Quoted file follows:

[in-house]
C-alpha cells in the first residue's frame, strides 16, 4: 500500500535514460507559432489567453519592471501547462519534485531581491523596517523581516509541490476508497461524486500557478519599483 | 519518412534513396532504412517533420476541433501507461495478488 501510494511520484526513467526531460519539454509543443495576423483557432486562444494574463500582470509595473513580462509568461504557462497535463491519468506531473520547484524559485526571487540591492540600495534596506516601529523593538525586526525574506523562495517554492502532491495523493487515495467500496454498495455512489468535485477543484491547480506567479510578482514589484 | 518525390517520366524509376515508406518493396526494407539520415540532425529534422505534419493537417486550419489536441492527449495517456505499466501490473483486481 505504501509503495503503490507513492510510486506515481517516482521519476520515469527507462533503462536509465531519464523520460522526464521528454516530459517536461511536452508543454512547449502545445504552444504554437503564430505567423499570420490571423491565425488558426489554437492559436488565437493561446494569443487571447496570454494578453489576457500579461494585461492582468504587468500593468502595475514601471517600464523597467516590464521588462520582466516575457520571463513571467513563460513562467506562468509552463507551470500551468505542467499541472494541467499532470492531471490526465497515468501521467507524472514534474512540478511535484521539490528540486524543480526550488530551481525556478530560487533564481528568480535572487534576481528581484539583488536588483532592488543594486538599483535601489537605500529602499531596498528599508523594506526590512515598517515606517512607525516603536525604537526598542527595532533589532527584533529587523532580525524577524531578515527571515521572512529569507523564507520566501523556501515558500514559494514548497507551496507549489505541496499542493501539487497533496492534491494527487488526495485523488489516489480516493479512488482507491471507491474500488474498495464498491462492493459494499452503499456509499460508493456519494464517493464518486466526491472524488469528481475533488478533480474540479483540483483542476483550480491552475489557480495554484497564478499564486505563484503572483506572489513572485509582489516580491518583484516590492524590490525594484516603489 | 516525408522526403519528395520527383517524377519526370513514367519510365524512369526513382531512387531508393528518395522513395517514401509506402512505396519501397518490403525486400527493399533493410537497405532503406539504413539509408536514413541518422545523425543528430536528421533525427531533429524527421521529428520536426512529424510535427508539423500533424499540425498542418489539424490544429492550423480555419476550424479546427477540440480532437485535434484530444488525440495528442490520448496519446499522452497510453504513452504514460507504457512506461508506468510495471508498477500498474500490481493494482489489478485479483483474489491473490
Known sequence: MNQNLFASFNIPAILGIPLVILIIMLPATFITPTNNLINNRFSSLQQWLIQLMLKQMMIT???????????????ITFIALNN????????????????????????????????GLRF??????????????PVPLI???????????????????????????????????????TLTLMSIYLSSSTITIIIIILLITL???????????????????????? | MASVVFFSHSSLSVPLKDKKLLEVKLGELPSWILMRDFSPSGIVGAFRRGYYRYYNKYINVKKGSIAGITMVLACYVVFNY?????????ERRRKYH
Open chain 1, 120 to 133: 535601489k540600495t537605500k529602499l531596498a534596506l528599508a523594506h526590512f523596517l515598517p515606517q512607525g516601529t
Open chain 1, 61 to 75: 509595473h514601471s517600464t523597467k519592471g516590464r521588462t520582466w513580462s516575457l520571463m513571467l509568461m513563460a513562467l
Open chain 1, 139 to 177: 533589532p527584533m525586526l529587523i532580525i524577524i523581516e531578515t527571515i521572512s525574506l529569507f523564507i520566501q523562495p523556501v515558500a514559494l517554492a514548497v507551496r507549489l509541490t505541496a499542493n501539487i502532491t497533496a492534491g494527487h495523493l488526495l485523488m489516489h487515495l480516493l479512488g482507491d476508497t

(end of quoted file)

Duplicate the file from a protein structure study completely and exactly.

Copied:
[in-house]
C-alpha cells in the first residue's frame, strides 16, 4: 500500500535514460507559432489567453519592471501547462519534485531581491523596517523581516509541490476508497461524486500557478519599483 | 519518412534513396532504412517533420476541433501507461495478488 501510494511520484526513467526531460519539454509543443495576423483557432486562444494574463500582470509595473513580462509568461504557462497535463491519468506531473520547484524559485526571487540591492540600495534596506516601529523593538525586526525574506523562495517554492502532491495523493487515495467500496454498495455512489468535485477543484491547480506567479510578482514589484 | 518525390517520366524509376515508406518493396526494407539520415540532425529534422505534419493537417486550419489536441492527449495517456505499466501490473483486481 505504501509503495503503490507513492510510486506515481517516482521519476520515469527507462533503462536509465531519464523520460522526464521528454516530459517536461511536452508543454512547449502545445504552444504554437503564430505567423499570420490571423491565425488558426489554437492559436488565437493561446494569443487571447496570454494578453489576457500579461494585461492582468504587468500593468502595475514601471517600464523597467516590464521588462520582466516575457520571463513571467513563460513562467506562468509552463507551470500551468505542467499541472494541467499532470492531471490526465497515468501521467507524472514534474512540478511535484521539490528540486524543480526550488530551481525556478530560487533564481528568480535572487534576481528581484539583488536588483532592488543594486538599483535601489537605500529602499531596498528599508523594506526590512515598517515606517512607525516603536525604537526598542527595532533589532527584533529587523532580525524577524531578515527571515521572512529569507523564507520566501523556501515558500514559494514548497507551496507549489505541496499542493501539487497533496492534491494527487488526495485523488489516489480516493479512488482507491471507491474500488474498495464498491462492493459494499452503499456509499460508493456519494464517493464518486466526491472524488469528481475533488478533480474540479483540483483542476483550480491552475489557480495554484497564478499564486505563484503572483506572489513572485509582489516580491518583484516590492524590490525594484516603489 | 516525408522526403519528395520527383517524377519526370513514367519510365524512369526513382531512387531508393528518395522513395517514401509506402512505396519501397518490403525486400527493399533493410537497405532503406539504413539509408536514413541518422545523425543528430536528421533525427531533429524527421521529428520536426512529424510535427508539423500533424499540425498542418489539424490544429492550423480555419476550424479546427477540440480532437485535434484530444488525440495528442490520448496519446499522452497510453504513452504514460507504457512506461508506468510495471508498477500498474500490481493494482489489478485479483483474489491473490
Known sequence: MNQNLFASFNIPAILGIPLVILIIMLPATFITPTNNLINNRFSSLQQWLIQLMLKQMMIT???????????????ITFIALNN????????????????????????????????GLRF??????????????PVPLI???????????????????????????????????????TLTLMSIYLSSSTITIIIIILLITL???????????????????????? | MASVVFFSHSSLSVPLKDKKLLEVKLGELPSWILMRDFSPSGIVGAFRRGYYRYYNKYINVKKGSIAGITMVLACYVVFNY?????????ERRRKYH
Open chain 1, 120 to 133: 535601489k540600495t537605500k529602499l531596498a534596506l528599508a523594506h526590512f523596517l515598517p515606517q512607525g516601529t
Open chain 1, 61 to 75: 509595473h514601471s517600464t523597467k519592471g516590464r521588462t520582466w513580462s516575457l520571463m513571467l509568461m513563460a513562467l
Open chain 1, 139 to 177: 533589532p527584533m525586526l529587523i532580525i524577524i523581516e531578515t527571515i521572512s525574506l529569507f523564507i520566501q523562495p523556501v515558500a514559494l517554492a514548497v507551496r507549489l509541490t505541496a499542493n501539487i502532491t497533496a492534491g494527487h495523493l488526495l485523488m489516489h487515495l480516493l479512488g482507491d476508497t